Former Zeniths center Jim Bradley was shot and killed in Portland, Oregon on February 20, 1982.  He was 29 years old.



1979 American Professional Slo-Pitch League Franchise Sales Brochure

1982-83 Continental Basketball Association Magazine (Program Insert)



Continental Basketball Association Media Guides

Continental Basketball Association Programs




1978 Carolina Lightning


Carolina Lightning BasketballAll-American Basketball Alliance (1978)

Born: 1977 – AABA founding franchise.
Folded: February 1978

Arena: Winston-Salem Memorial Coliseum

Team Colors:

Owner: Richard Pollak


The Carolina Lightning basketball team was a minor league outfit that lasted little more than a month in the all-but-forgotten All-American Basketball Alliance (AABA) in the winter of 1978.  Based out of the Winston-Salem Memorial Coliseum, the Lightning played ten games between January and early February 1978. Then the comically under-capitalized AABA imploded around them.

The eight franchises of the AABA – which also included Indiana, Georgia (Macon), Kentucky (Louisville), New York (Westchester), Richmond, Rochester and West Virginia (Wheeling) – intended to play a 74-game schedule.  The start-up league promised a standard base salary of $9,600 per player plus 4% to 8% of franchise profits (haha).

The Lightning were built by 23-year old player-Head Coach Mike Dunleavy.  The University of South Carolina grad made the Philadelphia 76ers as a 6th round longshot in 1976.  The Sixers cut him in November 1977 early in his second pro season.  Dunleavy latched on with the new AABA shortly thereafter and in one month’s time cobbled together an experienced roster.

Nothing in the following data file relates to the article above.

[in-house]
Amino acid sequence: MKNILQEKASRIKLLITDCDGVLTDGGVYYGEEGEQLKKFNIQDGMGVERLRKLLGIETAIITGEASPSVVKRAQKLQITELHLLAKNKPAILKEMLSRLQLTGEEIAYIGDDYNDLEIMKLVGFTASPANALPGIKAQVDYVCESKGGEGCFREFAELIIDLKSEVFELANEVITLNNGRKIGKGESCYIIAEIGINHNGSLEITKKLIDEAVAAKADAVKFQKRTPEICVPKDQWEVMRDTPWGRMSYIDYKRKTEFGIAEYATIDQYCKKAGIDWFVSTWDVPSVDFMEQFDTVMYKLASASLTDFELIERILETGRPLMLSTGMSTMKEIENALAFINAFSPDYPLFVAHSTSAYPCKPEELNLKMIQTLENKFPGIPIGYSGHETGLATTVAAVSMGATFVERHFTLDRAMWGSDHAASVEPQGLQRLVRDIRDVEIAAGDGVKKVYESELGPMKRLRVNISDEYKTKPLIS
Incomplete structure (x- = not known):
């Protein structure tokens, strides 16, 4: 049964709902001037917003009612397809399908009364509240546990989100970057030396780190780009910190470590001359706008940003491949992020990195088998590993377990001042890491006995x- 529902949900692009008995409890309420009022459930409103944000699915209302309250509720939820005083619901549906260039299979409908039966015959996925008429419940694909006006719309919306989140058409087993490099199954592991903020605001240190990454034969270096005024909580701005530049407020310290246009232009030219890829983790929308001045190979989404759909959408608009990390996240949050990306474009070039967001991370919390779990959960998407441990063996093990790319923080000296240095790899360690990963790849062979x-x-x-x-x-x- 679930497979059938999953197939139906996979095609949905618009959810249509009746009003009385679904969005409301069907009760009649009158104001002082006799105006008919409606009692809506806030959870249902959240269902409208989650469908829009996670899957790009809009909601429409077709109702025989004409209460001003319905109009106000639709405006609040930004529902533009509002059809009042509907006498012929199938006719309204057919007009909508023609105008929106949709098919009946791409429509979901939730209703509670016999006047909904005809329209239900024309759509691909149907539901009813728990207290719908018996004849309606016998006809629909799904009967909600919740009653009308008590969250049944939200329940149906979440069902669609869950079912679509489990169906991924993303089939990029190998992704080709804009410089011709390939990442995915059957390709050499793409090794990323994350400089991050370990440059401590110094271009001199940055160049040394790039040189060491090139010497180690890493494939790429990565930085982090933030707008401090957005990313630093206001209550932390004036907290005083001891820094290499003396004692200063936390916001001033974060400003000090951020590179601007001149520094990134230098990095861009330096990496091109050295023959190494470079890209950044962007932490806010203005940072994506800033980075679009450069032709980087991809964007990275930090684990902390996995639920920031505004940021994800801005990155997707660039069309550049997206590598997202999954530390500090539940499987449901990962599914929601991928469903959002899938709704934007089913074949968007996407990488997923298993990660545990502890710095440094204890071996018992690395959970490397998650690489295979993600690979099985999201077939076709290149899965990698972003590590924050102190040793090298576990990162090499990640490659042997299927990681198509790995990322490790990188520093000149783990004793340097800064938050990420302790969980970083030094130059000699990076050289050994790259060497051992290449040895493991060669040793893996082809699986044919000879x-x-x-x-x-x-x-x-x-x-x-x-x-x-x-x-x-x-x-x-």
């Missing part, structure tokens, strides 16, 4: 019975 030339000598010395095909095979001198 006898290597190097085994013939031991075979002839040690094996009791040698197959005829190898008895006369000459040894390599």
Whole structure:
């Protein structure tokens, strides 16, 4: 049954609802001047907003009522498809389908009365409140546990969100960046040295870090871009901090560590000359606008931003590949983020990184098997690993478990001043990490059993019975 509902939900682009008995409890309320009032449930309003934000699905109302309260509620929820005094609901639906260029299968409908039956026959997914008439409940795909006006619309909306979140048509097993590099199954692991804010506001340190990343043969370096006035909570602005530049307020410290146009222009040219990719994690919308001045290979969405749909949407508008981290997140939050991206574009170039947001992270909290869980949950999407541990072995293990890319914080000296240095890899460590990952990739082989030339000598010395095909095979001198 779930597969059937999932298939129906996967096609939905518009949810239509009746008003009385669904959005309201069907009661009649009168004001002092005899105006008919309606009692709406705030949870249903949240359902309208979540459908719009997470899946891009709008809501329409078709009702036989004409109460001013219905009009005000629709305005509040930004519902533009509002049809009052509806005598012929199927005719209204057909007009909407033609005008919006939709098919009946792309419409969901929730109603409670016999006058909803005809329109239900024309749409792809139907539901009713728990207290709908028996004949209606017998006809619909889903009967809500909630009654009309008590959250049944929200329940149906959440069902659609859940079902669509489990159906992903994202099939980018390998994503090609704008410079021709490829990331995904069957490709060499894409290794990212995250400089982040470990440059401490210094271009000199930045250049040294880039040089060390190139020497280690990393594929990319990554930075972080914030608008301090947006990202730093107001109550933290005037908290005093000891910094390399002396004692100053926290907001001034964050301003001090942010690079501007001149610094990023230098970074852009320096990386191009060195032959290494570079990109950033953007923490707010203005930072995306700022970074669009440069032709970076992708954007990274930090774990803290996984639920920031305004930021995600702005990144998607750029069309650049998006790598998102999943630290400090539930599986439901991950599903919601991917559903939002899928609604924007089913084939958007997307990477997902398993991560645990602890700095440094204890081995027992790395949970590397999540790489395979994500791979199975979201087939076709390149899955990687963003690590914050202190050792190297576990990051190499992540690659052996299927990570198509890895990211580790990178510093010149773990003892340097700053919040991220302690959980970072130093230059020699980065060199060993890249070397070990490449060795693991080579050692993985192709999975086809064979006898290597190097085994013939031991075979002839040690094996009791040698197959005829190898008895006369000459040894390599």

34-year old Ed Manning had nearly a decade of service in the NBA and the American Basketball Association.  Manning’s 11-year old son Danny, a future #1 overall NBA draft pick, occasionally attended practice with his father.  Bob Bigelow was the 1975 1st round draft pick of the Kansas City Kings, recently released and playing minor league basketball in the Eastern Association back home in Massachusetts when his friend Dunleavy called.  Norton Barnhill was a Winston-Salem native who had earned a cup of coffee with the Seattle Supersonics the previous season as a rookie out of Washington State.  Melvin Watkins was captain of the UNC-Charlotte 49ers Final Four team the previous spring of 1977.

Carolina Lightning BasketballThe Lighting debuted on January 6th, 1978 against the Indiana Wizards in one half of an AABA doubleheader played at the Louisville Gardens in Kentucky.

Bob Bigelow – Forward 1978